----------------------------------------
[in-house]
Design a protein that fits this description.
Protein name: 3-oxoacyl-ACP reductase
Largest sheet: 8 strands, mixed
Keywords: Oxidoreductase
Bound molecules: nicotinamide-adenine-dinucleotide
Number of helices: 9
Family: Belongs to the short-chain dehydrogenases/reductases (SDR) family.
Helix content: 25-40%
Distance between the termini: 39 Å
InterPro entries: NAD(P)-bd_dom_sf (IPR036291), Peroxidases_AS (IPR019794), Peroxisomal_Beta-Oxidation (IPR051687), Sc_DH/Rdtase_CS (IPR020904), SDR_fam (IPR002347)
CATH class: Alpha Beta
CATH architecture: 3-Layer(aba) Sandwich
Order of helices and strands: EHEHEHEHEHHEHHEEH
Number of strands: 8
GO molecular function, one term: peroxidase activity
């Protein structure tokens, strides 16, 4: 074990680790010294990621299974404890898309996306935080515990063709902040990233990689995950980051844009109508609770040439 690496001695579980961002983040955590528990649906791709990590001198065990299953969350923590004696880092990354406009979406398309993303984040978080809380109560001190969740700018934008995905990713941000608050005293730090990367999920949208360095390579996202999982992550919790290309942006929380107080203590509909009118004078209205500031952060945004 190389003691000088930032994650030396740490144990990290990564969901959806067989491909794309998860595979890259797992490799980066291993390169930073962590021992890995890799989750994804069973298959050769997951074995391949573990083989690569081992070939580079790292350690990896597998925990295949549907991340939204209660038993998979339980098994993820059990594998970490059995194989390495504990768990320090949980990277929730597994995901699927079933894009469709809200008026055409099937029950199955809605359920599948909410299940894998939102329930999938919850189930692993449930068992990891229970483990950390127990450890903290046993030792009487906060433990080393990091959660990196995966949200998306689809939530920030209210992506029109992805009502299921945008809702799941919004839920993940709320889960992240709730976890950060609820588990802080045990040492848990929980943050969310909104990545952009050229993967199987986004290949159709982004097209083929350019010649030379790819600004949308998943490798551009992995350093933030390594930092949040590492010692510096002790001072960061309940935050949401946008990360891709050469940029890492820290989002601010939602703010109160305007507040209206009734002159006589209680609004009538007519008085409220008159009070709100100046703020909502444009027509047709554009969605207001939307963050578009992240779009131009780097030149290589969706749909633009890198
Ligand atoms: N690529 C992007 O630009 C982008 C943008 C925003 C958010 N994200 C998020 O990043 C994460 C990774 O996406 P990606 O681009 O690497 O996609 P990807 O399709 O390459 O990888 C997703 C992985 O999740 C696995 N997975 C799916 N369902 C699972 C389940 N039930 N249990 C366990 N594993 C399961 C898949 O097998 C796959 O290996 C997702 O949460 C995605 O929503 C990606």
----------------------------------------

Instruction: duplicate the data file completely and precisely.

[in-house]
Design a protein that fits this description.
Protein name: 3-oxoacyl-ACP reductase
Largest sheet: 8 strands, mixed
Keywords: Oxidoreductase
Bound molecules: nicotinamide-adenine-dinucleotide
Number of helices: 9
Family: Belongs to the short-chain dehydrogenases/reductases (SDR) family.
Helix content: 25-40%
Distance between the termini: 39 Å
InterPro entries: NAD(P)-bd_dom_sf (IPR036291), Peroxidases_AS (IPR019794), Peroxisomal_Beta-Oxidation (IPR051687), Sc_DH/Rdtase_CS (IPR020904), SDR_fam (IPR002347)
CATH class: Alpha Beta
CATH architecture: 3-Layer(aba) Sandwich
Order of helices and strands: EHEHEHEHEHHEHHEEH
Number of strands: 8
GO molecular function, one term: peroxidase activity
């Protein structure tokens, strides 16, 4: 074990680790010294990621299974404890898309996306935080515990063709902040990233990689995950980051844009109508609770040439 690496001695579980961002983040955590528990649906791709990590001198065990299953969350923590004696880092990354406009979406398309993303984040978080809380109560001190969740700018934008995905990713941000608050005293730090990367999920949208360095390579996202999982992550919790290309942006929380107080203590509909009118004078209205500031952060945004 190389003691000088930032994650030396740490144990990290990564969901959806067989491909794309998860595979890259797992490799980066291993390169930073962590021992890995890799989750994804069973298959050769997951074995391949573990083989690569081992070939580079790292350690990896597998925990295949549907991340939204209660038993998979339980098994993820059990594998970490059995194989390495504990768990320090949980990277929730597994995901699927079933894009469709809200008026055409099937029950199955809605359920599948909410299940894998939102329930999938919850189930692993449930068992990891229970483990950390127990450890903290046993030792009487906060433990080393990091959660990196995966949200998306689809939530920030209210992506029109992805009502299921945008809702799941919004839920993940709320889960992240709730976890950060609820588990802080045990040492848990929980943050969310909104990545952009050229993967199987986004290949159709982004097209083929350019010649030379790819600004949308998943490798551009992995350093933030390594930092949040590492010692510096002790001072960061309940935050949401946008990360891709050469940029890492820290989002601010939602703010109160305007507040209206009734002159006589209680609004009538007519008085409220008159009070709100100046703020909502444009027509047709554009969605207001939307963050578009992240779009131009780097030149290589969706749909633009890198
Ligand atoms: N690529 C992007 O630009 C982008 C943008 C925003 C958010 N994200 C998020 O990043 C994460 C990774 O996406 P990606 O681009 O690497 O996609 P990807 O399709 O390459 O990888 C997703 C992985 O999740 C696995 N997975 C799916 N369902 C699972 C389940 N039930 N249990 C366990 N594993 C399961 C898949 O097998 C796959 O290996 C997702 O949460 C995605 O929503 C990606």